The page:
On February 25 the Minister of Trade and Commerce denied a statement by the hon. member for Winnipeg North Centre to the effect that the pilot had been on duty for a period of 16 hours in one day. If we heard the minister correctly this afternoon, by his own figures he admitted that the pilot was on duty one day for 17 hours and 29 minutes. I am not going to take the time of the house to discuss the case more fully. The hon. member for Winnipeg North Centre placed the matter on record after having made a careful study of the whole situation. I would only repeat that a careful reading of the evidence fully justifies his demand for a public inquiry into this air accident; and I trust when the committee sits it will have an opportunity to go further into the matter.

I wish to say a few words about the Queen Elizabeth hotel. I listened with great interest to the hon. member for Notre Dame de Grace who, I think, covered the subject fully. I agree with what he had to say. We in this group supported the proposal that the Canadian National Railways should build this great hotel as a public enterprise of great value for Canada, and one which would serve a very useful purpose. I believe it is true to say that public response to the building of the hotel, as well as general, tourist and commercial interest in it, indicate that it will be a profitable venture.

It is an understatement for me to say that we in this group are very disappointed to hear that the operation of the hotel is being given to an American company. We think this is a reflection on Canadian hotel personnel in Canada, and the capacity of Canadians generally to administer such affairs. I think the successful management of a number of Canadian National hotels in Canada and a large number of other excellently operated hotels is proof that we have the personnel in this country to do the job, and that there was absolutely no necessity to have an American company operate this hotel. One of the hon. members has suggested that it indicates a Canadian inferiority complex when it comes to the management of such a business.

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Committee on Railways and Shipping

Another matter that concerned me was the possibility of going to Montreal on some occasion and seeing there a large sign bearing the words "Hilton-Queen Elizabeth Hotel". That would be a ghastly business. I do hope that whatever happens so far as the management is concerned, the name of a man called Hilton is not allowed to appear on the building, on the stationery or in the advertising, but that it will be known for all time as the Queen Elizabeth hotel. I trust the committee will have opportunity to make inquiry into this unusual and, we consider, totally unnecessary arrangement which is damaging to Canadian prestige and would be a blow to Canadian pride.

That is all I am going to say on the subject. I am going to keep up my reputation for speaking briefly, stating the facts and presenting an unassailable argument.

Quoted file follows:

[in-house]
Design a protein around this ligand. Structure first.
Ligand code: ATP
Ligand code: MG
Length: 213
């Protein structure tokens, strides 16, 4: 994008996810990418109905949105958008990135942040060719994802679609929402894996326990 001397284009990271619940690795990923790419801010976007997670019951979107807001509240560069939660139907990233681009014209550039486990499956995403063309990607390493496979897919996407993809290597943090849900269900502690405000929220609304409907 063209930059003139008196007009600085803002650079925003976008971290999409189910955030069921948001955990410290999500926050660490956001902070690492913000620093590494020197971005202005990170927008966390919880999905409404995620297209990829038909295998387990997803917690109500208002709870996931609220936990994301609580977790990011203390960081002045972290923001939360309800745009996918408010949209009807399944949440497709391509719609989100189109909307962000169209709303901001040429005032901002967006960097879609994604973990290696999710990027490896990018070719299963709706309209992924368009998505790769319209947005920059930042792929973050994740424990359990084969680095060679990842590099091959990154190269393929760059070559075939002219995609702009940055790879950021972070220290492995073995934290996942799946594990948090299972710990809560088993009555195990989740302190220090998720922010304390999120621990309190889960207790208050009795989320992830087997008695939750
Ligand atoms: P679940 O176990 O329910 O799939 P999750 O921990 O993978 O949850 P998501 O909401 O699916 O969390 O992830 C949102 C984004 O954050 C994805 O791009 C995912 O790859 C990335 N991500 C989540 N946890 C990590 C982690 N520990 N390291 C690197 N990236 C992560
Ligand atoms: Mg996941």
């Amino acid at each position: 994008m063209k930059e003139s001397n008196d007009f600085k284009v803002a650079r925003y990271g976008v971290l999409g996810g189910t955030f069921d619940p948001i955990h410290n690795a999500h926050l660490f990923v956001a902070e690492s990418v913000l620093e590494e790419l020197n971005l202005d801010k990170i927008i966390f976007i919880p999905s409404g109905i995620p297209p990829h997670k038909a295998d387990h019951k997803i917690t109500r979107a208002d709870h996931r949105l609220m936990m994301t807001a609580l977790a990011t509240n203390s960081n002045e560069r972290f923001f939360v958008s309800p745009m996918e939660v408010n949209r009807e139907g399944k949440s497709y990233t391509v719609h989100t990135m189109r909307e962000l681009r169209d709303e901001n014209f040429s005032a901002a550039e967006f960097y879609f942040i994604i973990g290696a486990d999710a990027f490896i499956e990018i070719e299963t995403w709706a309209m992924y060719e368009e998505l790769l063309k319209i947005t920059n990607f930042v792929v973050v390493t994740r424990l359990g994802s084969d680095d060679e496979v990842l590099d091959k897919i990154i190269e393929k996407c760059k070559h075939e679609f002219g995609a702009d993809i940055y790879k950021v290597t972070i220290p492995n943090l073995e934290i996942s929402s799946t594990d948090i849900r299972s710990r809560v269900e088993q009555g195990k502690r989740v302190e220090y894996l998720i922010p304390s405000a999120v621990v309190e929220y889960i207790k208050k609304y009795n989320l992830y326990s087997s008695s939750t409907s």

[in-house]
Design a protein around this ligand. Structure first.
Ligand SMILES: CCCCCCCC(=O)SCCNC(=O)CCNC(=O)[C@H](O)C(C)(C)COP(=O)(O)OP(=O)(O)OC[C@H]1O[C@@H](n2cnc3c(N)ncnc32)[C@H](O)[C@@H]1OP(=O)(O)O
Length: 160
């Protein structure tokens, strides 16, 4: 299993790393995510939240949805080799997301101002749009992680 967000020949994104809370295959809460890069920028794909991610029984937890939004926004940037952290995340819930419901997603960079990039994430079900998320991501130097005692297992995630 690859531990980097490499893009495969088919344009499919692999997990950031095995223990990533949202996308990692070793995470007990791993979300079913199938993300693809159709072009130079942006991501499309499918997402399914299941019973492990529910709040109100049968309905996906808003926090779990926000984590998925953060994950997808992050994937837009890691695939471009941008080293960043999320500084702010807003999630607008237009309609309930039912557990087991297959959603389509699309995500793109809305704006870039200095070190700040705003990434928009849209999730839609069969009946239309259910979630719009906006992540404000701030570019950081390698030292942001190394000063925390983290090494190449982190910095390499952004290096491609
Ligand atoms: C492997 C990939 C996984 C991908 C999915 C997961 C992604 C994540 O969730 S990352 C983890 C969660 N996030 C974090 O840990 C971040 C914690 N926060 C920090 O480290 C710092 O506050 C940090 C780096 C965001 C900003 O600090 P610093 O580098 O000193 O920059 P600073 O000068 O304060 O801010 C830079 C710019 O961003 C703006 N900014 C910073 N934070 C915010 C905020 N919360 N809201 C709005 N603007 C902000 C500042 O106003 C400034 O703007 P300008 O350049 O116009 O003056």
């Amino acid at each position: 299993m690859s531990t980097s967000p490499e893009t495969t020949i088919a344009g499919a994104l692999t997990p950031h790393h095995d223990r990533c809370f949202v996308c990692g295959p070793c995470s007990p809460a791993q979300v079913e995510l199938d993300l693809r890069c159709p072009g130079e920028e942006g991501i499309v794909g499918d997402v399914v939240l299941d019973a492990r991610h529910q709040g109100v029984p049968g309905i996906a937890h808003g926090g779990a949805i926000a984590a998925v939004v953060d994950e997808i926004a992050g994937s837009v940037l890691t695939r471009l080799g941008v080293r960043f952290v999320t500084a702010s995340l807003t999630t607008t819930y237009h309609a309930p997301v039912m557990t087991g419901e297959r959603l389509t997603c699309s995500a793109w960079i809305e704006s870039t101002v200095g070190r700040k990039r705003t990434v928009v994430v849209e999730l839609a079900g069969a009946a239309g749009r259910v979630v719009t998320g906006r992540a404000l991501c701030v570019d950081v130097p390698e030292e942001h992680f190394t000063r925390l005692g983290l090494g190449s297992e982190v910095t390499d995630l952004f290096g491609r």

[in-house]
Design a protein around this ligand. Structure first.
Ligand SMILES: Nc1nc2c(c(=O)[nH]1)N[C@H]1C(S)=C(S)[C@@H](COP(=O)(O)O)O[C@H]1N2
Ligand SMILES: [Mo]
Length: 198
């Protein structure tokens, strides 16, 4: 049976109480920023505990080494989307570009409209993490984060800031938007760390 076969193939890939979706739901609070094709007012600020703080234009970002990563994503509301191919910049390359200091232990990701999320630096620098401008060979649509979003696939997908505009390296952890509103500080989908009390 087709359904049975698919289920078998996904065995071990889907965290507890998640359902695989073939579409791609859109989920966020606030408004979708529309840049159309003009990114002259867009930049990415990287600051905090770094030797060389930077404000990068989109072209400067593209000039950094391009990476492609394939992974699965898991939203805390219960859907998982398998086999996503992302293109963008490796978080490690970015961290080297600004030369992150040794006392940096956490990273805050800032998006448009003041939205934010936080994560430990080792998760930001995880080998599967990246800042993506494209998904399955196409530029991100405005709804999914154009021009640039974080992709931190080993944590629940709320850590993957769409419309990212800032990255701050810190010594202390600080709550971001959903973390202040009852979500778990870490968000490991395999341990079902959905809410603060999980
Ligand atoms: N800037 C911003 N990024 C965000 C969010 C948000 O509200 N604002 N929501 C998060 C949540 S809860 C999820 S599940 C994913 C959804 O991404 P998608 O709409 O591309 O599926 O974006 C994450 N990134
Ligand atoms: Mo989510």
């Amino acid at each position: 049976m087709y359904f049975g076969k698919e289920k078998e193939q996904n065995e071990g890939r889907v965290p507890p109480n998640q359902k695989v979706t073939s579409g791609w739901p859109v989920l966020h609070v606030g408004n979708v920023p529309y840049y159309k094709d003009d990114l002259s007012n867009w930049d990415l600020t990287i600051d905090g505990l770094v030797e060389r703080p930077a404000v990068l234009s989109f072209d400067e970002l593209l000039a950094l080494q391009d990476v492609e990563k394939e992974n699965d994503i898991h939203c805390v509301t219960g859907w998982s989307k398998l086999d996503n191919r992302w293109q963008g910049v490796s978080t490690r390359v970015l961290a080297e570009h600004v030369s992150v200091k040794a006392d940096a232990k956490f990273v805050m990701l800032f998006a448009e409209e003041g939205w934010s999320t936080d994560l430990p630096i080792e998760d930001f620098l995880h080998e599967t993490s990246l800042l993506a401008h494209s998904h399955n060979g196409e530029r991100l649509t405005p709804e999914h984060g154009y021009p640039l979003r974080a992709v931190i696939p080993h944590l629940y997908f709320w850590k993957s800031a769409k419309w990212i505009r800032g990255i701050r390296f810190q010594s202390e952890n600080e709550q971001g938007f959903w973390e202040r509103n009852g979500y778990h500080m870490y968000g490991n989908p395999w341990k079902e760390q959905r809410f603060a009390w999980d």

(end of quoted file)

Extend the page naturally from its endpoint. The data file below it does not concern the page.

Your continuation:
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CCF

Stanley Howard Knowles (Whip of the Co-operative Commonwealth Federation)

Co-operative Commonwealth Federation (C.C.F.)

Mr. Knowles:

A good, solid C.C.F.'er.

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CCF

Herbert Wilfred Herridge

Co-operative Commonwealth Federation (C.C.F.)

Mr. Herridge:

I wish now to say a few words about the trans-Canada pipe line question. I do so because I was interested in the remarks of the hon. member for Hastings South (Mr. Foil well), when he urged that the government consider having this very necessary pipe line built by the Canadian National Railways. I was particularly interested to hear this proposal coming from an hon. member supporting the government. I thought it indicated that he had given serious consideration to the problem, one which is giving concern to a good many Canadians at this time.

Ever since we have talked about a trans-Canada pipe line this group has urged that such an undertaking should be publicly owned and under the management of the Canadian National Railways. This pipe line will be piping Canadian gas required by Canadian consumers. We in this group say, let Canadians build the pipe line, without paying tribute to any United States capitalist interests.

I think there are many arguments in favour of public ownership of this pipe line, and having it built under the jurisdiction of the Canadian National Railways. The railway company has a right of way across Canada, and no property problem would be- involved. There would be none of the complex difficulties in the matter of easements and other things which take so much time and often cost large sums of money. The building of the pipe line by the Canadian National Railways would mean lower construction costs because it could be serviced from the railway itself. Maintenance under public ownership through the railway company would be lower, for the same reason. If we were to undertake this great project in the near future it

could be a first step in an over-all plan for unemployment relief, as suggested earlier in debate by the hon. member for Winnipeg North Centre.

I suggest the government should float a tax-free bond issue for the building of the trans-Canada pipe line. This procedure has been popular in the United States in connection with undertaking certain large public works. Such tax-free bond issue would be subscribed to only by Canadian citizens, and would not be transferable. This procedure has been followed in the United States with a great deal of success in connection with large irrigation projects and the like. I think the hon. member for Peace River (Mr. Low) made reference to this in a committee we attended some days ago. These bonds would be of small denominations, perhaps from $100 up, and an opportunity could be given to hundreds of thousands of Canadians to subscribe to this Canadian-owned project. This would be greatly preferred to the procedure of asking United States interests to come in and build the line, and then reap the profits and have the control of this important public utility.

I am confident if the Canadian government were to undertake such a project it would capture the public imagination and would receive an excellent response from the Atlantic to the Pacific.

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March 28, 1955